Anne's House of Dreams
October 17, 2019 10:48 PM - by L. M. Montgomery - Subscribe

Anne’s adventures slip from Bildungsroman to Penny Dreadful in this installment of her story, which cover the first two years of Anne and Gilbert’s married life in the small town of Four Winds Harbor. Tragic Heroine! Mistaken Identity! Amnesia! Lost Loves! Second Sight! TW: infant death

Vocabulary notes:

Relict: widow

the Schoolmasrter’s Bride is named Persis Leigh I had never heard of that first name before but it’s a real name.

Creepy as used here is found as early as the 1850’s

Captain Jim has an iceboat, here’s what they look like.

‘Bushing’ is described in this excellent resource, A Dictionary of Prince Edward Island

‘The race that knows Joseph’, Miss Cornelia’s phrase for ‘kindred spirits’, is a reference to a specific passage in the Bible. You may be familiar with the story of Joseph, who was sold into slavery by his brothers and then rose to prominence in Egypt. Exodus 1:8 says ‘Now there arose a new king over Egypt, who did not know Joseph.’ (Segueing into slavery for the Israelites, Moses, etc.)

***

Mrs. Lynne gives Anne two homemade quilts on her marriage; here is some information about what they may have been like.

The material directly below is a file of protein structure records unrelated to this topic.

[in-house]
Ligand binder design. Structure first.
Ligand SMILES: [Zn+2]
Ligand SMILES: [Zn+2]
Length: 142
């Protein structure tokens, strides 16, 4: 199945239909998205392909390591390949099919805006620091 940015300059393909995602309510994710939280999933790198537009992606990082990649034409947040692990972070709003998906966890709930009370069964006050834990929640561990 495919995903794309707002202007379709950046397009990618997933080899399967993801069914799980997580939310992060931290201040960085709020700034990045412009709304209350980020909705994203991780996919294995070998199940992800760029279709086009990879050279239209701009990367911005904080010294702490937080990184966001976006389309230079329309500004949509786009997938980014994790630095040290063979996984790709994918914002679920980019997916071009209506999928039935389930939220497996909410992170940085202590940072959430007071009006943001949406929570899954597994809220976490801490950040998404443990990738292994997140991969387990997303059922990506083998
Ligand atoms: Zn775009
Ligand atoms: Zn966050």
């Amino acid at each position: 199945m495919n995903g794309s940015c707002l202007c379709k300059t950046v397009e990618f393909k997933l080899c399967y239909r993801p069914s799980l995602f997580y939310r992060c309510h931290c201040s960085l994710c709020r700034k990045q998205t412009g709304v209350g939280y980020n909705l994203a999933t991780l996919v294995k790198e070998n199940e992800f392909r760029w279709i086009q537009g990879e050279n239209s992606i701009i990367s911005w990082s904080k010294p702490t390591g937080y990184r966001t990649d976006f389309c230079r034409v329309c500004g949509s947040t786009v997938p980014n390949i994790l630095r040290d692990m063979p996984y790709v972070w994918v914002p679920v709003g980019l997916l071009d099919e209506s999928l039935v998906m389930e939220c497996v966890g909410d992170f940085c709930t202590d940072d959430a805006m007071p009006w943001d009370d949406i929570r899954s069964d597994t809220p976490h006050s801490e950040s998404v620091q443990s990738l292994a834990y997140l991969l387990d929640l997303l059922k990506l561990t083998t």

Anne’s first pregnancy ends in tragedy with the death of her baby Joyce. This book was published in 1917; in 1914 Lucy Maud Montgomery lost her own son Hugh in childbirth. Did the pain of that experience contribute to the extreme circumspection with which the book treats any reference to pregnancy and delivery? It certainly must have colored her description of Anne’s grief, and her recovery from this tragedy. Anne doesn’t take much comfort from those around her saying it’s God’s will.

Religion takes a much larger part space in this volume, from Miss Cornelia’s dislike of Methodists to the odd anecdote about the PresbyTArian revival, to Anne and Captain Jim’s discussion about evil and the afterlife.

Meanwhile, the men of the area come in for a constant stream of abuse, both deserved and not. It’s hard not to speculate that some of this reflects LMM’s reportedly unhappy relationship with her husband.

Super unethical brain surgery? ‘Dick Moore’ seems to be happy and more or less productive; not one person discussing the trepanning that restores his faculties considers the considerable risk to his health that it entails, and Miss Cornelia is the only character honest enough to wish he’d fall down the well.

NB I’m doing these in order of publication because that’s the only correct way to read a book series.

Audio note: I tried 3 different narrators from the library and didn’t like any of them much.
posted by bq (17 comments total) 3 users marked this as a favorite
 
I admit I teared up over Joy’s death and Anne’s grief. I think before I had kids I would have thought it maudlin and sentimental.
posted by bq at 11:06 PM on October 17, 2019


Did the pain of that experience contribute to the extreme circumspection with which the book treats any reference to pregnancy and delivery? It certainly must have colored her description of Anne’s grief, and her recovery from this tragedy.